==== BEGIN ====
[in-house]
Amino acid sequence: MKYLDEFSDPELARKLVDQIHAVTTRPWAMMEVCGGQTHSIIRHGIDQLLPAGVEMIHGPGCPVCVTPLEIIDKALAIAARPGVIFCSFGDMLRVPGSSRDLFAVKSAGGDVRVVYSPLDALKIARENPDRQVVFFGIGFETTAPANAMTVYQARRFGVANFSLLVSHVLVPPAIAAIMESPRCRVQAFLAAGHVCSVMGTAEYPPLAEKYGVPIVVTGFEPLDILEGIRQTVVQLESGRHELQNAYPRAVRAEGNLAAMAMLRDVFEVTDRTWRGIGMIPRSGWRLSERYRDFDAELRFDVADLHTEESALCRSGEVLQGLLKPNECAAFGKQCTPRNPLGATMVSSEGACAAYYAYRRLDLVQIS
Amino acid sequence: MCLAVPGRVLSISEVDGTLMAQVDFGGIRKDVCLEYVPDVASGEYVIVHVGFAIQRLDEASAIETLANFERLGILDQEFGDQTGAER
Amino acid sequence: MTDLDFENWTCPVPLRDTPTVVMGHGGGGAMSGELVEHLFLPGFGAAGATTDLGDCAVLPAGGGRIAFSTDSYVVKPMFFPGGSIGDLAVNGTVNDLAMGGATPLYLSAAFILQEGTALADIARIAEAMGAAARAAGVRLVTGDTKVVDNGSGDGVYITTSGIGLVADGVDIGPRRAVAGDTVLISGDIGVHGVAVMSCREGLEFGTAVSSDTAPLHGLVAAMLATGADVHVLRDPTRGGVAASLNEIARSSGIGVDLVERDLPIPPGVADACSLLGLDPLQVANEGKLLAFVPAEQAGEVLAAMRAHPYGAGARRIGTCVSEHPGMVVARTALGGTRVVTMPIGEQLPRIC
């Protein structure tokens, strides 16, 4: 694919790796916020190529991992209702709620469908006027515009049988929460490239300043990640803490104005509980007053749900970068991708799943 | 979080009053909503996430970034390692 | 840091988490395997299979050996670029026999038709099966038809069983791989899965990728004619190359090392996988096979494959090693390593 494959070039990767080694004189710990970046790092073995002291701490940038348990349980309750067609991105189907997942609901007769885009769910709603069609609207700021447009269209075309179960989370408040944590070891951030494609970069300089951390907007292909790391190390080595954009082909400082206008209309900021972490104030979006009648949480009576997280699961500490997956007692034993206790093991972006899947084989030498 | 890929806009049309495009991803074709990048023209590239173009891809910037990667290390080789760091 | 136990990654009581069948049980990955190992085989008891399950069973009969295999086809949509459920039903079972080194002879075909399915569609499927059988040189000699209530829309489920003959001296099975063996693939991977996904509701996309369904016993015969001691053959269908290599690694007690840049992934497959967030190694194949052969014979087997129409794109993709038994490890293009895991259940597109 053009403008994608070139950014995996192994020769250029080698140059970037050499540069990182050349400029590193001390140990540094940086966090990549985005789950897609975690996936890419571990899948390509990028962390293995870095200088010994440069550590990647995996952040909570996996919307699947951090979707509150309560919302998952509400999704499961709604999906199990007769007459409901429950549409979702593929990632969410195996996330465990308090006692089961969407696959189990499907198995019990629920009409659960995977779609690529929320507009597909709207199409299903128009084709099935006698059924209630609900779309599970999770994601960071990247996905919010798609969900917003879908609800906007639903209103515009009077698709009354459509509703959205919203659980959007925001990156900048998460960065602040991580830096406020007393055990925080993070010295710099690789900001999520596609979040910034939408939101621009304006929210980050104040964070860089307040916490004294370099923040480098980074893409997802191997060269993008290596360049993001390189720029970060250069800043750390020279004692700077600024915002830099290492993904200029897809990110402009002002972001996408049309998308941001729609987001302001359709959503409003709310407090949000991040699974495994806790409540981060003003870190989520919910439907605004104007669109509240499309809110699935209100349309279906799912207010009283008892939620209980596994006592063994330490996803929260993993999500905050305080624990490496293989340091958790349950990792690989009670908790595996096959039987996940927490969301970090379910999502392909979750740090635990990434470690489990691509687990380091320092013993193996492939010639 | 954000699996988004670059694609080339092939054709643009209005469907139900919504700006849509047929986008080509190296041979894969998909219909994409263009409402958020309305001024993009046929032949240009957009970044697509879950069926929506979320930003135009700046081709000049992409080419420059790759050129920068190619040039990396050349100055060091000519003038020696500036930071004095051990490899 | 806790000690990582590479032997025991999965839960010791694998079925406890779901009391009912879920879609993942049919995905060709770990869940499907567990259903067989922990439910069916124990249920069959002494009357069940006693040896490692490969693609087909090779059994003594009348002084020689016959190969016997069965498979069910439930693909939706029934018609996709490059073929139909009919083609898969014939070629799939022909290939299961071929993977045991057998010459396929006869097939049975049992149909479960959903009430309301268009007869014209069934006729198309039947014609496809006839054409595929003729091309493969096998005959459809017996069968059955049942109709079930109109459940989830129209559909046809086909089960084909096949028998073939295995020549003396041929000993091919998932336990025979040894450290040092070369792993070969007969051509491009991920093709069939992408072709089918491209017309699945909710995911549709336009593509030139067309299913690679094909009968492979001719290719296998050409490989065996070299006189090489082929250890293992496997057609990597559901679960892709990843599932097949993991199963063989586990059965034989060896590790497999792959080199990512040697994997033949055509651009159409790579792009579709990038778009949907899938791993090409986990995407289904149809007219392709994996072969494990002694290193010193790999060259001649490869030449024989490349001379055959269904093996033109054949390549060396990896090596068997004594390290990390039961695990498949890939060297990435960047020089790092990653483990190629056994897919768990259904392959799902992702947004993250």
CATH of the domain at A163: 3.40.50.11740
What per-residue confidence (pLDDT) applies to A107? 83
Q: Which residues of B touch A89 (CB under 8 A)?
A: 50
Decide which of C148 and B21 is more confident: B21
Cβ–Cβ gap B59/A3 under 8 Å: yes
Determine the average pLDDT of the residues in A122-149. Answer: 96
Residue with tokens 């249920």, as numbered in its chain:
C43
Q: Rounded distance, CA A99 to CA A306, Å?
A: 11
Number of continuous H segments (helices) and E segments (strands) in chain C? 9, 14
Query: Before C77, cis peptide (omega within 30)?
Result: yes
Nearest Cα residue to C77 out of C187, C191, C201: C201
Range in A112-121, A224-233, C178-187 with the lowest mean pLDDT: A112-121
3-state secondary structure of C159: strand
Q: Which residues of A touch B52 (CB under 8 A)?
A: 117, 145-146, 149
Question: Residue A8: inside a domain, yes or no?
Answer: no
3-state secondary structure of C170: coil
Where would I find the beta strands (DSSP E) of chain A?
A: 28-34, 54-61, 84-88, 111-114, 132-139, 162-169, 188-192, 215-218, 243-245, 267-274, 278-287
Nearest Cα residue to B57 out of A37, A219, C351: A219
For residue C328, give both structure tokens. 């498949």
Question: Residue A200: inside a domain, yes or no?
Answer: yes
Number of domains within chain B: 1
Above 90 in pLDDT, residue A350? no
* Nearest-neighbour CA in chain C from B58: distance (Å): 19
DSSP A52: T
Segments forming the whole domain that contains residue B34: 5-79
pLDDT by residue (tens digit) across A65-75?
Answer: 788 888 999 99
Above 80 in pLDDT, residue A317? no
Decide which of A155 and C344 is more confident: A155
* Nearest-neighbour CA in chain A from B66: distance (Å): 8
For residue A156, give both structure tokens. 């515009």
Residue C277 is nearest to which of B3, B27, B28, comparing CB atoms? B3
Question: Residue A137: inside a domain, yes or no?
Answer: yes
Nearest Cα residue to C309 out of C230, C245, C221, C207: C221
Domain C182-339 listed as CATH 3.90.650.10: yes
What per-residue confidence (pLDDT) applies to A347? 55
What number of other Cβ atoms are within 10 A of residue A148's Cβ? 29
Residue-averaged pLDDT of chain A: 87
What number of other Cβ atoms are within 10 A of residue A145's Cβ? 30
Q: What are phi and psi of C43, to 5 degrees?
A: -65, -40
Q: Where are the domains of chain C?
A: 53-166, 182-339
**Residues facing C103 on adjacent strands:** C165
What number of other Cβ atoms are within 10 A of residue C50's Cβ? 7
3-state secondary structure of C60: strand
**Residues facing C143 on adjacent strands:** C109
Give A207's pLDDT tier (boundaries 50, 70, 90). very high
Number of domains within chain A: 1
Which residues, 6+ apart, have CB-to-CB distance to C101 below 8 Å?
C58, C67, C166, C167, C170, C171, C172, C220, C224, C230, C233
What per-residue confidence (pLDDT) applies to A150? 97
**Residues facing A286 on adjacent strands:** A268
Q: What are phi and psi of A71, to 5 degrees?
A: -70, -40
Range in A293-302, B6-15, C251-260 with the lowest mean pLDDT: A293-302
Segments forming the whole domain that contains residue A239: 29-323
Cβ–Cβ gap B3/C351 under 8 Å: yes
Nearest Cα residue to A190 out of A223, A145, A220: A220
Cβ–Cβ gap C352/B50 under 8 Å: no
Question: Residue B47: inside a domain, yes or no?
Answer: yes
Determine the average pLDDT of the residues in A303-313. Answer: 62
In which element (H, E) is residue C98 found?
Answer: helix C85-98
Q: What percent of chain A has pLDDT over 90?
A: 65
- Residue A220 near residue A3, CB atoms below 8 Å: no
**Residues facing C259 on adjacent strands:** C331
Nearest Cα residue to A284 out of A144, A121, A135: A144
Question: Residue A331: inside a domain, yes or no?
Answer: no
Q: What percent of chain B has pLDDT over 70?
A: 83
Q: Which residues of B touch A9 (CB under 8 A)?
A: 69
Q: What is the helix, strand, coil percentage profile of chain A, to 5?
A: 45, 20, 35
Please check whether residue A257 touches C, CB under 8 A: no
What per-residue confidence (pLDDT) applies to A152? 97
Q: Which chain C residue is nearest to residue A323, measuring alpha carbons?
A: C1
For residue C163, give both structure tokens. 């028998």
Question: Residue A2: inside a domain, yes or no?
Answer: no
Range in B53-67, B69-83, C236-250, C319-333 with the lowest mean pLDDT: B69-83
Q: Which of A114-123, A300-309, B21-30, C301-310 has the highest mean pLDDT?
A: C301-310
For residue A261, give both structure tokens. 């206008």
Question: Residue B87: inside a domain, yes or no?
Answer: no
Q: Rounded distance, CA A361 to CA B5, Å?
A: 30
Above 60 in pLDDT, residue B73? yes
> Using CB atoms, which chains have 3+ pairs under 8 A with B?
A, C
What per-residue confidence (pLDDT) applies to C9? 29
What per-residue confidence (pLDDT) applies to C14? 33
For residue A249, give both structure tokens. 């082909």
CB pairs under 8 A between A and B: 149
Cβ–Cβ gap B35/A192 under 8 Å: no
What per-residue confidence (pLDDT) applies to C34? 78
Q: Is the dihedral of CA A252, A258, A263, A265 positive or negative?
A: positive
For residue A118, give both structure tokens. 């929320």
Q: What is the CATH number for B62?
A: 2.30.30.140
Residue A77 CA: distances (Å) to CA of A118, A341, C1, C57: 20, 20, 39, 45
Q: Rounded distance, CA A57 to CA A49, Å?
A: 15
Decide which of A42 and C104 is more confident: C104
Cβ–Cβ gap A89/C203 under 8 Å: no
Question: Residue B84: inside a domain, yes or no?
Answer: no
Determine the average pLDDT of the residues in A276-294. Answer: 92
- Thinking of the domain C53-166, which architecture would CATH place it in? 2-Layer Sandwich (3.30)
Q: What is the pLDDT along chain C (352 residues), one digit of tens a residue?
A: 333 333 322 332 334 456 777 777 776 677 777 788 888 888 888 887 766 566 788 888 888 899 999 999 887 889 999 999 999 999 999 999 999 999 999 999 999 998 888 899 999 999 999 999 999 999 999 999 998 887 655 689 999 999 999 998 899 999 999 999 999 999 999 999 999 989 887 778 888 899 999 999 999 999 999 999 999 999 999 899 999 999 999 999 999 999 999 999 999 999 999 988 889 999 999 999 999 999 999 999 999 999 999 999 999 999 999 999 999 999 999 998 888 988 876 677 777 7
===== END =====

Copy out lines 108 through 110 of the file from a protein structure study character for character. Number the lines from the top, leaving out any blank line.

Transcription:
Above 60 in pLDDT, residue B73? yes
> Using CB atoms, which chains have 3+ pairs under 8 A with B?
A, C